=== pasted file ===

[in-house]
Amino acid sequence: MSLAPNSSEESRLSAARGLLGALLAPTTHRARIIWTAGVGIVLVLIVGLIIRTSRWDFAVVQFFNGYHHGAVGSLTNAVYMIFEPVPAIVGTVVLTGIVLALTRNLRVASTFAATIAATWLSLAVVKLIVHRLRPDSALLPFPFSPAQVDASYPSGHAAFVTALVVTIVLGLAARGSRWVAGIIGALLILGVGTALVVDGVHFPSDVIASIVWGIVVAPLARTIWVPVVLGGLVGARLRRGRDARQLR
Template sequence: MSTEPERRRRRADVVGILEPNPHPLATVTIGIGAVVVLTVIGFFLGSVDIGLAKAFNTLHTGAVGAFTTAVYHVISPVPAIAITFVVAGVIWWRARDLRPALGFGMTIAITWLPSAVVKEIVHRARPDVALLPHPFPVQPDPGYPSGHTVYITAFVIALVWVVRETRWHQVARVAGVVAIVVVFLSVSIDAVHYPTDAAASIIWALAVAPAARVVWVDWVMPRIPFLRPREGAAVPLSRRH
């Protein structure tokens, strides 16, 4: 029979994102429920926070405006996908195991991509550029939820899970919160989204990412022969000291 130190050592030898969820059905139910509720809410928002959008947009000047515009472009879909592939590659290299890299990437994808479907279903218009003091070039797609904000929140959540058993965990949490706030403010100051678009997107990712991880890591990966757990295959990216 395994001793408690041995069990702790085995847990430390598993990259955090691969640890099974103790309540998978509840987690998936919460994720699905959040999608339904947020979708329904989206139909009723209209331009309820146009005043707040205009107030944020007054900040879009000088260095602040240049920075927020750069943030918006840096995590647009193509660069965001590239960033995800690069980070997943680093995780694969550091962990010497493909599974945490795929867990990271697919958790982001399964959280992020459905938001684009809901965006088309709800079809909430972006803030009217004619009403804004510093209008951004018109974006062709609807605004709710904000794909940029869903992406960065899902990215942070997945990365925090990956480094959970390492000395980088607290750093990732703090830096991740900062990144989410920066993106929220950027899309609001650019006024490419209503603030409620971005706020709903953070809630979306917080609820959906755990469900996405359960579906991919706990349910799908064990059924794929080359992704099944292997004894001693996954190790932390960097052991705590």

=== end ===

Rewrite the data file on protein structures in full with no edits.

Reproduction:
[in-house]
Amino acid sequence: MSLAPNSSEESRLSAARGLLGALLAPTTHRARIIWTAGVGIVLVLIVGLIIRTSRWDFAVVQFFNGYHHGAVGSLTNAVYMIFEPVPAIVGTVVLTGIVLALTRNLRVASTFAATIAATWLSLAVVKLIVHRLRPDSALLPFPFSPAQVDASYPSGHAAFVTALVVTIVLGLAARGSRWVAGIIGALLILGVGTALVVDGVHFPSDVIASIVWGIVVAPLARTIWVPVVLGGLVGARLRRGRDARQLR
Template sequence: MSTEPERRRRRADVVGILEPNPHPLATVTIGIGAVVVLTVIGFFLGSVDIGLAKAFNTLHTGAVGAFTTAVYHVISPVPAIAITFVVAGVIWWRARDLRPALGFGMTIAITWLPSAVVKEIVHRARPDVALLPHPFPVQPDPGYPSGHTVYITAFVIALVWVVRETRWHQVARVAGVVAIVVVFLSVSIDAVHYPTDAAASIIWALAVAPAARVVWVDWVMPRIPFLRPREGAAVPLSRRH
């Protein structure tokens, strides 16, 4: 029979994102429920926070405006996908195991991509550029939820899970919160989204990412022969000291 130190050592030898969820059905139910509720809410928002959008947009000047515009472009879909592939590659290299890299990437994808479907279903218009003091070039797609904000929140959540058993965990949490706030403010100051678009997107990712991880890591990966757990295959990216 395994001793408690041995069990702790085995847990430390598993990259955090691969640890099974103790309540998978509840987690998936919460994720699905959040999608339904947020979708329904989206139909009723209209331009309820146009005043707040205009107030944020007054900040879009000088260095602040240049920075927020750069943030918006840096995590647009193509660069965001590239960033995800690069980070997943680093995780694969550091962990010497493909599974945490795929867990990271697919958790982001399964959280992020459905938001684009809901965006088309709800079809909430972006803030009217004619009403804004510093209008951004018109974006062709609807605004709710904000794909940029869903992406960065899902990215942070997945990365925090990956480094959970390492000395980088607290750093990732703090830096991740900062990144989410920066993106929220950027899309609001650019006024490419209503603030409620971005706020709903953070809630979306917080609820959906755990469900996405359960579906991919706990349910799908064990059924794929080359992704099944292997004894001693996954190790932390960097052991705590």